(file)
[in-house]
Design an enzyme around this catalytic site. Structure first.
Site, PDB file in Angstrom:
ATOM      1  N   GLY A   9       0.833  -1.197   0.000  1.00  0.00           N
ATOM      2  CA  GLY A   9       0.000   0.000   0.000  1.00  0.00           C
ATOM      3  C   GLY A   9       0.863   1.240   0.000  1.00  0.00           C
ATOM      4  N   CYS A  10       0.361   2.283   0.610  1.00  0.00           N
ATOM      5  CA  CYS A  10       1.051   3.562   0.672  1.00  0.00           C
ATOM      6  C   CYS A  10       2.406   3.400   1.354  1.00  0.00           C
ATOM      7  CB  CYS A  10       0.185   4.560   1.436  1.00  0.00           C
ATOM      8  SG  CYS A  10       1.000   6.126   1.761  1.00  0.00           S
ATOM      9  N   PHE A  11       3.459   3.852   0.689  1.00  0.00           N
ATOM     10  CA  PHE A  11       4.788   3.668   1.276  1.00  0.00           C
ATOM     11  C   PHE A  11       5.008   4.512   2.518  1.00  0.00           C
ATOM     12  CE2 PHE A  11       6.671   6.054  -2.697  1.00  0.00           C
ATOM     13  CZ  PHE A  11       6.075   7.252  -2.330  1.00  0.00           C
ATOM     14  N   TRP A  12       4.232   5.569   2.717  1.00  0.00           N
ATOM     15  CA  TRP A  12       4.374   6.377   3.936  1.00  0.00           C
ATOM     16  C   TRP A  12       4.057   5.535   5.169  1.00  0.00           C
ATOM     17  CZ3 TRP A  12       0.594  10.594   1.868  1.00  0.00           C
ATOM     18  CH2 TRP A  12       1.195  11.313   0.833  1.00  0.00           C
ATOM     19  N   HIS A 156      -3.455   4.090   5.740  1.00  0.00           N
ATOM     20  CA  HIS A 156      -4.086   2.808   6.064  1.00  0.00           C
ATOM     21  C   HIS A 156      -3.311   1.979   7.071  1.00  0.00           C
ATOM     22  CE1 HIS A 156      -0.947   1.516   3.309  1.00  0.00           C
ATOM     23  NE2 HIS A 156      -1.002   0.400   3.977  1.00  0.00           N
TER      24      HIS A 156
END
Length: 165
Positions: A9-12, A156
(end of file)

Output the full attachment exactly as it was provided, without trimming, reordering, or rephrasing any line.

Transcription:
[in-house]
Design an enzyme around this catalytic site. Structure first.
Site, PDB file in Angstrom:
ATOM      1  N   GLY A   9       0.833  -1.197   0.000  1.00  0.00           N
ATOM      2  CA  GLY A   9       0.000   0.000   0.000  1.00  0.00           C
ATOM      3  C   GLY A   9       0.863   1.240   0.000  1.00  0.00           C
ATOM      4  N   CYS A  10       0.361   2.283   0.610  1.00  0.00           N
ATOM      5  CA  CYS A  10       1.051   3.562   0.672  1.00  0.00           C
ATOM      6  C   CYS A  10       2.406   3.400   1.354  1.00  0.00           C
ATOM      7  CB  CYS A  10       0.185   4.560   1.436  1.00  0.00           C
ATOM      8  SG  CYS A  10       1.000   6.126   1.761  1.00  0.00           S
ATOM      9  N   PHE A  11       3.459   3.852   0.689  1.00  0.00           N
ATOM     10  CA  PHE A  11       4.788   3.668   1.276  1.00  0.00           C
ATOM     11  C   PHE A  11       5.008   4.512   2.518  1.00  0.00           C
ATOM     12  CE2 PHE A  11       6.671   6.054  -2.697  1.00  0.00           C
ATOM     13  CZ  PHE A  11       6.075   7.252  -2.330  1.00  0.00           C
ATOM     14  N   TRP A  12       4.232   5.569   2.717  1.00  0.00           N
ATOM     15  CA  TRP A  12       4.374   6.377   3.936  1.00  0.00           C
ATOM     16  C   TRP A  12       4.057   5.535   5.169  1.00  0.00           C
ATOM     17  CZ3 TRP A  12       0.594  10.594   1.868  1.00  0.00           C
ATOM     18  CH2 TRP A  12       1.195  11.313   0.833  1.00  0.00           C
ATOM     19  N   HIS A 156      -3.455   4.090   5.740  1.00  0.00           N
ATOM     20  CA  HIS A 156      -4.086   2.808   6.064  1.00  0.00           C
ATOM     21  C   HIS A 156      -3.311   1.979   7.071  1.00  0.00           C
ATOM     22  CE1 HIS A 156      -0.947   1.516   3.309  1.00  0.00           C
ATOM     23  NE2 HIS A 156      -1.002   0.400   3.977  1.00  0.00           N
TER      24      HIS A 156
END
Length: 165
Positions: A9-12, A156